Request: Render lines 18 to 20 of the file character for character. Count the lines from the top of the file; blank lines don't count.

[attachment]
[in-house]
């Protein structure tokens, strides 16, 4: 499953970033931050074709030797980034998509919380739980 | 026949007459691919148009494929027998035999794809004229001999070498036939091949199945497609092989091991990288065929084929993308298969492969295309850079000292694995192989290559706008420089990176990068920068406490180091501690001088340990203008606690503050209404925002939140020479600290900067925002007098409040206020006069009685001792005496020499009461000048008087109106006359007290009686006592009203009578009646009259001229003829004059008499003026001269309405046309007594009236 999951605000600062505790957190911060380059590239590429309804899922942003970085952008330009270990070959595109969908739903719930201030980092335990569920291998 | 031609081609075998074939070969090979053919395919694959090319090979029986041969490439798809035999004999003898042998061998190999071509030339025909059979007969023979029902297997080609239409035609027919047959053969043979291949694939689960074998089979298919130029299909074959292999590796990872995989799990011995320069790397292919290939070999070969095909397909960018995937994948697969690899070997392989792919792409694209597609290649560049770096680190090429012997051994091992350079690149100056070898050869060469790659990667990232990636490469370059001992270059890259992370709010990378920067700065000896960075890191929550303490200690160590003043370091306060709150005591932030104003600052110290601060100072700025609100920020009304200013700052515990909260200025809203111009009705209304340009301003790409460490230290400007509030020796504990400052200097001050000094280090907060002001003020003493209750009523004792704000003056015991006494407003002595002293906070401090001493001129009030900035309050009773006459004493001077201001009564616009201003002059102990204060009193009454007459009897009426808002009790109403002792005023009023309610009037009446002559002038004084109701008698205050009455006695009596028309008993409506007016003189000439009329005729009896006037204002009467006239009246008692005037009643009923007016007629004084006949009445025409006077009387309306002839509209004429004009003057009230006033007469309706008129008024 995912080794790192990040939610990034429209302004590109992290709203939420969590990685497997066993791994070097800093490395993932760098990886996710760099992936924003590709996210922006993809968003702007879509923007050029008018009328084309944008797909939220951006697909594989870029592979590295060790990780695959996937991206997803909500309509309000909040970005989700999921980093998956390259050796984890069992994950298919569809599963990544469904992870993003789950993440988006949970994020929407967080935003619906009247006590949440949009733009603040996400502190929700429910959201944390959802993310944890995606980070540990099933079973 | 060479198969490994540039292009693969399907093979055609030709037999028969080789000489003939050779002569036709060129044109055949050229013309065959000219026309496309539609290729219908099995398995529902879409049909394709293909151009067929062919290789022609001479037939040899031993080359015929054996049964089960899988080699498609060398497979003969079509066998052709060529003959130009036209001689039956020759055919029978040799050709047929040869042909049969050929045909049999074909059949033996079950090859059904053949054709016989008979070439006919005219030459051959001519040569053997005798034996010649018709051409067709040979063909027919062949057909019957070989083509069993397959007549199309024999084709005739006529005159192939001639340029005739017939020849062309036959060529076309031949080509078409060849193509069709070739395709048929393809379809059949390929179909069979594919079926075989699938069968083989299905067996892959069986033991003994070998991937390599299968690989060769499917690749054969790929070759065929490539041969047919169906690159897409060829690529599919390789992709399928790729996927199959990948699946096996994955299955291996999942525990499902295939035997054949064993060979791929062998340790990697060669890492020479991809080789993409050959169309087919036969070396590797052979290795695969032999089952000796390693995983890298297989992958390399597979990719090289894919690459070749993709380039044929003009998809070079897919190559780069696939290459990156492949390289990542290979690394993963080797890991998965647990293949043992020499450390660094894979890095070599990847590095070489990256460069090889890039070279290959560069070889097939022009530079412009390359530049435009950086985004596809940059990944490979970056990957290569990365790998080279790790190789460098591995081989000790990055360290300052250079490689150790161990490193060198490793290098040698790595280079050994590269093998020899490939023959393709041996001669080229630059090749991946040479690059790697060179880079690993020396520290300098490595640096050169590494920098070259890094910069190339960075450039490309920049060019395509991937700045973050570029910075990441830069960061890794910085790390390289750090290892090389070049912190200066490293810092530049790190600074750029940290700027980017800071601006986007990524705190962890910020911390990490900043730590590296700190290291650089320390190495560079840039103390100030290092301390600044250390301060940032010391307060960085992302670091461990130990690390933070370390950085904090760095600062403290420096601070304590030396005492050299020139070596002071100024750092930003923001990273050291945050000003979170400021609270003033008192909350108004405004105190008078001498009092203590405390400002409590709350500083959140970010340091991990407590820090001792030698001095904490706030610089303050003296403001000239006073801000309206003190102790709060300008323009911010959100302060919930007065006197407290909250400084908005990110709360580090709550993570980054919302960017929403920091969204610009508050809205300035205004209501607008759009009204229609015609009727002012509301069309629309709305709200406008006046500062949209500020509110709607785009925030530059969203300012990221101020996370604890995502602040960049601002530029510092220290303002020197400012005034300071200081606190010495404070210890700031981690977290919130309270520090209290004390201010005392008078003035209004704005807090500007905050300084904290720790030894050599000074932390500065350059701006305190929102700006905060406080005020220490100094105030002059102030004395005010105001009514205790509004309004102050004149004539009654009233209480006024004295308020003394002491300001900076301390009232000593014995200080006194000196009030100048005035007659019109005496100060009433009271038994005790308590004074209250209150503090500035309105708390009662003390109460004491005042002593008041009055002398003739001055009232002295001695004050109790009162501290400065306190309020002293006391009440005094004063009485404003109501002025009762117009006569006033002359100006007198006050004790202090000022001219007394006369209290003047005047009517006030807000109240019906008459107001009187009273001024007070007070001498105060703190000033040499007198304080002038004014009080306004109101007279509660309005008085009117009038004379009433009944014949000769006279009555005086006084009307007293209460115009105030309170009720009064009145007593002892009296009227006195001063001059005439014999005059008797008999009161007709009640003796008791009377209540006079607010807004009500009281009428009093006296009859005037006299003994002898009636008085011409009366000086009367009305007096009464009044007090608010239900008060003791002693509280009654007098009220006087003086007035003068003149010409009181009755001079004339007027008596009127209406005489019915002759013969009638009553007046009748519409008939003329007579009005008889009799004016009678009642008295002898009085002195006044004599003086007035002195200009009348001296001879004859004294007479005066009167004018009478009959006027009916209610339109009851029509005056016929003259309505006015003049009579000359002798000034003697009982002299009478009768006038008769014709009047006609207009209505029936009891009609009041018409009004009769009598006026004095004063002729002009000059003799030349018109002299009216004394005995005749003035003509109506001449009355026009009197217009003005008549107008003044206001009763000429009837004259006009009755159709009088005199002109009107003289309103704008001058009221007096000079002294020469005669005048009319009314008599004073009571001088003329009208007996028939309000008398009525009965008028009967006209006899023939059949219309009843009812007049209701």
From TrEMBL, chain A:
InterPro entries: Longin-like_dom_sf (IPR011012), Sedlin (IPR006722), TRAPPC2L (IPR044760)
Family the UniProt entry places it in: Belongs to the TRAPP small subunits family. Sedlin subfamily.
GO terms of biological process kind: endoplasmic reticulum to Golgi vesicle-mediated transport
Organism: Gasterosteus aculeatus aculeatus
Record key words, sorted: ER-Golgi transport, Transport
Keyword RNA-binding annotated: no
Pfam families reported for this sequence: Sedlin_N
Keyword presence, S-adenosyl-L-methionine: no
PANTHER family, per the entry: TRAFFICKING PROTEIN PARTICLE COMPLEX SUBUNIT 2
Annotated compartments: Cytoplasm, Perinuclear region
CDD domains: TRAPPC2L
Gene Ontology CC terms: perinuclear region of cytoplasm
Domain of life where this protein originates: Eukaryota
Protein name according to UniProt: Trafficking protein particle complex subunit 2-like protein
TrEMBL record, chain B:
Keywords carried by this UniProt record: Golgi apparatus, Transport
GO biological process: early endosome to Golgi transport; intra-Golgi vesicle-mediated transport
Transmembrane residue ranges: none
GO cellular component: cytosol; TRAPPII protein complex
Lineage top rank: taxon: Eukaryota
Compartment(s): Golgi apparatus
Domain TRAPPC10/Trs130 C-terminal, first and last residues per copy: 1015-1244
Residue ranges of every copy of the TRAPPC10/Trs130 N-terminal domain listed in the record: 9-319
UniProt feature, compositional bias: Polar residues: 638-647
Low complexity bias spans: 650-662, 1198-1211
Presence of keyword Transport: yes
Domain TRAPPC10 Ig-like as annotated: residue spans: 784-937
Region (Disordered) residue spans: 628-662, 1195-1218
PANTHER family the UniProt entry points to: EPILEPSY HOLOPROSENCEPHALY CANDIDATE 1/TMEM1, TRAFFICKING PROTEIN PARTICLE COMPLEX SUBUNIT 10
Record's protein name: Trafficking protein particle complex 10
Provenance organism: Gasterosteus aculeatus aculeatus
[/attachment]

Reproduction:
TrEMBL record, chain B:
Keywords carried by this UniProt record: Golgi apparatus, Transport
GO biological process: early endosome to Golgi transport; intra-Golgi vesicle-mediated transport